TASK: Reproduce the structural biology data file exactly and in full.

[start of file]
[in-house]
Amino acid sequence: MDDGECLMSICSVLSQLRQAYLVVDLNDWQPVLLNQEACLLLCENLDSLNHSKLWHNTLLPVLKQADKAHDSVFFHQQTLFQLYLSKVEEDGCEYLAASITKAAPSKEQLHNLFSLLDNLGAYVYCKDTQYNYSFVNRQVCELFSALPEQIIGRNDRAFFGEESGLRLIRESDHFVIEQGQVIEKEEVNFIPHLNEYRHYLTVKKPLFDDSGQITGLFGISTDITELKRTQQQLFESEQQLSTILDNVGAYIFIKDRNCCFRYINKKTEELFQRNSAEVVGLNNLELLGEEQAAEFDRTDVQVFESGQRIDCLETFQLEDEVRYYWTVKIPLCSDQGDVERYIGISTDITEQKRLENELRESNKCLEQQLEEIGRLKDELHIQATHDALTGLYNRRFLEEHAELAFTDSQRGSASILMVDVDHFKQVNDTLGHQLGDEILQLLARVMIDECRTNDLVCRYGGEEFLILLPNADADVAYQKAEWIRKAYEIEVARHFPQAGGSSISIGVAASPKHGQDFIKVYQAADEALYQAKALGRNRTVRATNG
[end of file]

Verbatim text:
[in-house]
Amino acid sequence: MDDGECLMSICSVLSQLRQAYLVVDLNDWQPVLLNQEACLLLCENLDSLNHSKLWHNTLLPVLKQADKAHDSVFFHQQTLFQLYLSKVEEDGCEYLAASITKAAPSKEQLHNLFSLLDNLGAYVYCKDTQYNYSFVNRQVCELFSALPEQIIGRNDRAFFGEESGLRLIRESDHFVIEQGQVIEKEEVNFIPHLNEYRHYLTVKKPLFDDSGQITGLFGISTDITELKRTQQQLFESEQQLSTILDNVGAYIFIKDRNCCFRYINKKTEELFQRNSAEVVGLNNLELLGEEQAAEFDRTDVQVFESGQRIDCLETFQLEDEVRYYWTVKIPLCSDQGDVERYIGISTDITEQKRLENELRESNKCLEQQLEEIGRLKDELHIQATHDALTGLYNRRFLEEHAELAFTDSQRGSASILMVDVDHFKQVNDTLGHQLGDEILQLLARVMIDECRTNDLVCRYGGEEFLILLPNADADVAYQKAEWIRKAYEIEVARHFPQAGGSSISIGVAASPKHGQDFIKVYQAADEALYQAKALGRNRTVRATNG